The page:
The SGA is easy to perform and can be performed within minutes during a routine clinic visit. There are no data to dictate how often to perform the SGA, so the Work Group bases its opinion on the following: the SGA should be done often enough to detect changes and to intervene in a timely manner. It should be performed in association with measurement of Kt/Vurea and CCr, every 4 months after the initial 6 months (see Guideline 5: Frequency of Measurement of Kt/Vurea, Total CCr, PNA, and Total Creatinine Appearance).

The SGA has not been validated as a means of nutritional assessment in the pediatric PD population.


Determining Fat-Free, Edema-Free Body Mass (Opinion)

Total creatinine appearance should be used to determine fat-free, edema-free body mass.

Rationale Fat-free, edema-free body mass is probably a more accurate term for what had previously been called lean body mass. It is an important index of overall nutritional status. Total daily creatinine production, measured as the sum of creatinine excreted in dialysate and urine plus the estimated creatinine lost in the gut,28 can be used to calculate fat-free, edema-free body mass. Fat-free, edema-free body mass reflects somatic protein stores in the same way that serum albumin reflects visceral protein stores.60 In adults, fat-free, edema-free body mass in kilograms is computed by the equation60,61:

Fat-free, edema-free body mass = 0.029 × total creatinine production in mg/day + 7.38.

Norms vary by patient gender and size. A steady-state of creatinine excretion should exist for the equation result to be valid. Factors other than muscle mass can affect the fat-free, edema-free body mass calculation by creatinine kinetics. These factors include errors in the collection or measurement of creatinine in urine or dialysate and large variations in the dietary intake of creatine plus creatinine (meat). Fat-free, edema-free body mass estimates by creatinine kinetics may be a better index of nutritional status in PD patients, because they reflect dry fat-free, edema-free body mass and changes in muscle mass better than dual-energy x-ray absorptiometry or bioimpedance.62 The day-to-day variability of total creatinine excretion is only 2% to 4% over a short time interval,33,37 but is up to 15% over much longer intervals.27

Serum creatinine concentration is not, by itself, an index of adequacy of peritoneal dialysis because of the large variations in creatinine production between individuals. However, a change in serum creatinine concentration may indicate changes in creatinine and urea removal to a much larger extent than a change in serum urea concentration.63,64 A rising serum creatinine concentration is usually caused by a decrease in total creatinine clearance, often secondary to a loss of residual kidney function, and much less frequently by an increase in muscle mass. A decreasing serum creatinine concentration is caused more often by progressive loss in muscle mass and less often by an increase in total clearance. In other words, increases in peritoneal solute transport or recovery of kidney function do not occur very often.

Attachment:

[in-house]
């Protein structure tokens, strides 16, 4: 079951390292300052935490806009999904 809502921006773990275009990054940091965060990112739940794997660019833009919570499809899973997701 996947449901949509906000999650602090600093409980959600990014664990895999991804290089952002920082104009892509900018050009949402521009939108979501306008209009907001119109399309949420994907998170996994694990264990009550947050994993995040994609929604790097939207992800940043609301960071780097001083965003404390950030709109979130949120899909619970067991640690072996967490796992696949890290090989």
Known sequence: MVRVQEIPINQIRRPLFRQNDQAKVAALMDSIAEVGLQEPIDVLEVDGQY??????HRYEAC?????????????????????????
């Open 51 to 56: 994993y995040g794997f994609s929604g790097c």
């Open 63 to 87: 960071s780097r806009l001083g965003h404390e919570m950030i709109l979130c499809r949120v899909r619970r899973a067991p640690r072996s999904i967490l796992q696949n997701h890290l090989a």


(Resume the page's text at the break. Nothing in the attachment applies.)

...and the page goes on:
Use of the Modified Borah Equation to Assess Nutritional Status of Pediatric PD Patients (Opinion)

Nutritional status of pediatric PD patients should be assessed at least every 6 months by standard clinical nutritional evaluations and by the modified Borah equation65:

PNA(g/d) = [6.49*UNA] + [0.294*V] + protein losses(g/day)

Rationale The equation described in Guideline 12, Assessment of Nutritional Status, from the glossary65 is a further modification of the original Borah equation.66 Since this modification has not been validated in children, the Work Group recommends using the modification above from Kopple et al65 and Keshaviah et al.67

Although not validated in children, this modified Borah equation contains a factor, V, that controls for patient size, and has been employed in pediatric studies. Furthermore, dialysate protein losses must be measured directly in the dialysis effluent and not estimated when using the modified Borah equation in children. The use of equations in which dialysate protein losses are estimated has been studied in very few pediatric PD patients.68

The dialysate protein measurement is the only additional laboratory determination from standard total solute removal measurements, as described in Guideline 4: Measures of PD Dose and Total Solute Clearance. Thus, this nutritional assessment could be easily merged to accompany total solute removal measurements.


The precise relationships among PNA, dialysis dose, and outcome are unclear. Although these relationships are currently being studied in hemodialysis patients, they should also be examined in PD patients. There are probably limits, for example, to the role of increasing delivered dialysis dose in order to improve appetite and nutritional parameters. Other questions of interest include: How does improved dialysis affect nutrition, and above what delivered dose does that effect dissipate, if at all? What interventions act synergistically with improved dialysis to improve nutritional parameters? What complications interfere with nutrition, in what manner, and can the interference be overridden by another type of intervention?

A standardized nutritional assessment tool for children analogous to the SGA should be developed.





© 2001 National Kidney Foundation, Inc